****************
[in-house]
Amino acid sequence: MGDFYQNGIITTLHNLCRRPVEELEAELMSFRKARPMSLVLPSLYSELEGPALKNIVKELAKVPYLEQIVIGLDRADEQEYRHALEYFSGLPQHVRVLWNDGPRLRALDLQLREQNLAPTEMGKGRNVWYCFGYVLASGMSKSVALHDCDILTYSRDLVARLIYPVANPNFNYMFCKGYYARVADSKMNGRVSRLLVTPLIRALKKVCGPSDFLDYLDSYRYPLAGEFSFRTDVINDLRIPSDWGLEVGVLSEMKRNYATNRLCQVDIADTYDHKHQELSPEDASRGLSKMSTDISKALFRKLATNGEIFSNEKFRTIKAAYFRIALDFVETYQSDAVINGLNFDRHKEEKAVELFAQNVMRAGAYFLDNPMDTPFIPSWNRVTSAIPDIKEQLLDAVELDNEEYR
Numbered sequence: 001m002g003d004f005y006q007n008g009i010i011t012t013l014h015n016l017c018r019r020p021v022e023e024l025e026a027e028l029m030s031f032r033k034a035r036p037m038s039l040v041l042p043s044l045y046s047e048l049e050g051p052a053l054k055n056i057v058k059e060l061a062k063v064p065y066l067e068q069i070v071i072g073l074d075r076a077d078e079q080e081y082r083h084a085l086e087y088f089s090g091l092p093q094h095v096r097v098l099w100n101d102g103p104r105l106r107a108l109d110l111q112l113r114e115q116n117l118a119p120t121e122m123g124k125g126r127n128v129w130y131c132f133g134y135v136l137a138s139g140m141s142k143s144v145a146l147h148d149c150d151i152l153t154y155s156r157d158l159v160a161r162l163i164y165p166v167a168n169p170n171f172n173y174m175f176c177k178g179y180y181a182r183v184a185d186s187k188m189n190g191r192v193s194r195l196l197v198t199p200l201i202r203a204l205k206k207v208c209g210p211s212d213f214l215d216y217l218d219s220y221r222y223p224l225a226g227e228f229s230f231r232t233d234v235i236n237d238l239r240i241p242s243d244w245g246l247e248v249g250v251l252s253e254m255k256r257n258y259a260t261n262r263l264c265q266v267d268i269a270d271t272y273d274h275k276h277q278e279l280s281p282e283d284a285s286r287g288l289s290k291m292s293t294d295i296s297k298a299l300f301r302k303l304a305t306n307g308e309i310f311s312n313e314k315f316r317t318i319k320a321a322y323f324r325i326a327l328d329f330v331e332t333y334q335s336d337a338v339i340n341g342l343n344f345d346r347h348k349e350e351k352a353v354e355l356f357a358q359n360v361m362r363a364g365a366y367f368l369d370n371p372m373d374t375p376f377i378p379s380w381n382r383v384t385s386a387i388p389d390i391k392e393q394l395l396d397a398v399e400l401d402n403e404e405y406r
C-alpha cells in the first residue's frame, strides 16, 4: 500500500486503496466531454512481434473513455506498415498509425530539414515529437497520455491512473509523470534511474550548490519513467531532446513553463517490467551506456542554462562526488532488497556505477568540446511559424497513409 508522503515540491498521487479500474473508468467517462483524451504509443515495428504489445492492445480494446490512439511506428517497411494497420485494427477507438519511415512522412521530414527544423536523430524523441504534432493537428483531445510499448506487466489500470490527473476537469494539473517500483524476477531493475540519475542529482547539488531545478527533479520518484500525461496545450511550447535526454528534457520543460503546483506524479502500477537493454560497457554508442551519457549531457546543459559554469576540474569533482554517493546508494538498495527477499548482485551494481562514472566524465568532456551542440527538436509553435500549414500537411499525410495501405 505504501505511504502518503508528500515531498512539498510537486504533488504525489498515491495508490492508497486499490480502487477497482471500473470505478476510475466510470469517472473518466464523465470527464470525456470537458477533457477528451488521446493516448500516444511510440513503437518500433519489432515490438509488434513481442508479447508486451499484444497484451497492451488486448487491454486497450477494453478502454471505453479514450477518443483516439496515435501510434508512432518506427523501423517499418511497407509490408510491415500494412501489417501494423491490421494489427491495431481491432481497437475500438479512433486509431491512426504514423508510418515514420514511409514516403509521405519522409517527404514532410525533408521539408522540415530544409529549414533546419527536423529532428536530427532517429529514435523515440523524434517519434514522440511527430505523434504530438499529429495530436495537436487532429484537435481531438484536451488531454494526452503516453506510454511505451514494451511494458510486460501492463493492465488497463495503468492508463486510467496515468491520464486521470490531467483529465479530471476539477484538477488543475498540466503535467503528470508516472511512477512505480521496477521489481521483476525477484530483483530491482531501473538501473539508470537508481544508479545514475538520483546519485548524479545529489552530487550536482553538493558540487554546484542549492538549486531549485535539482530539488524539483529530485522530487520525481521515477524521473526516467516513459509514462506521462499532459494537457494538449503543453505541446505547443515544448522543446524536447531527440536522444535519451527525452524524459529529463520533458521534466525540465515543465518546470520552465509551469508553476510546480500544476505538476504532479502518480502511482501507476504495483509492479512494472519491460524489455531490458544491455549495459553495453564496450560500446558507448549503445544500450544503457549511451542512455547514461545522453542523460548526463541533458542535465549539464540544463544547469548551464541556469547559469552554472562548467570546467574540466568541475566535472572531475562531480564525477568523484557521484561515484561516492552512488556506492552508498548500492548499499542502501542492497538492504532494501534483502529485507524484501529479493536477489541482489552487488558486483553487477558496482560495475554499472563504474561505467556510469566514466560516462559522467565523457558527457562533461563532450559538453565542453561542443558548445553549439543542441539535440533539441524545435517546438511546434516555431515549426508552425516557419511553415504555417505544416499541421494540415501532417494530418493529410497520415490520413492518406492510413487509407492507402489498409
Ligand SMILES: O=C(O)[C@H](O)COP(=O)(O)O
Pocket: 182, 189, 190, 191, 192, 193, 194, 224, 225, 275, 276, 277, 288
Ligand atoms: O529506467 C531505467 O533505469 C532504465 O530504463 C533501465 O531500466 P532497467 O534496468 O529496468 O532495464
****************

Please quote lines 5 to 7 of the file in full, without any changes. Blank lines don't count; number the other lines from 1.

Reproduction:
Ligand SMILES: O=C(O)[C@H](O)COP(=O)(O)O
Pocket: 182, 189, 190, 191, 192, 193, 194, 224, 225, 275, 276, 277, 288
Ligand atoms: O529506467 C531505467 O533505469 C532504465 O530504463 C533501465 O531500466 P532497467 O534496468 O529496468 O532495464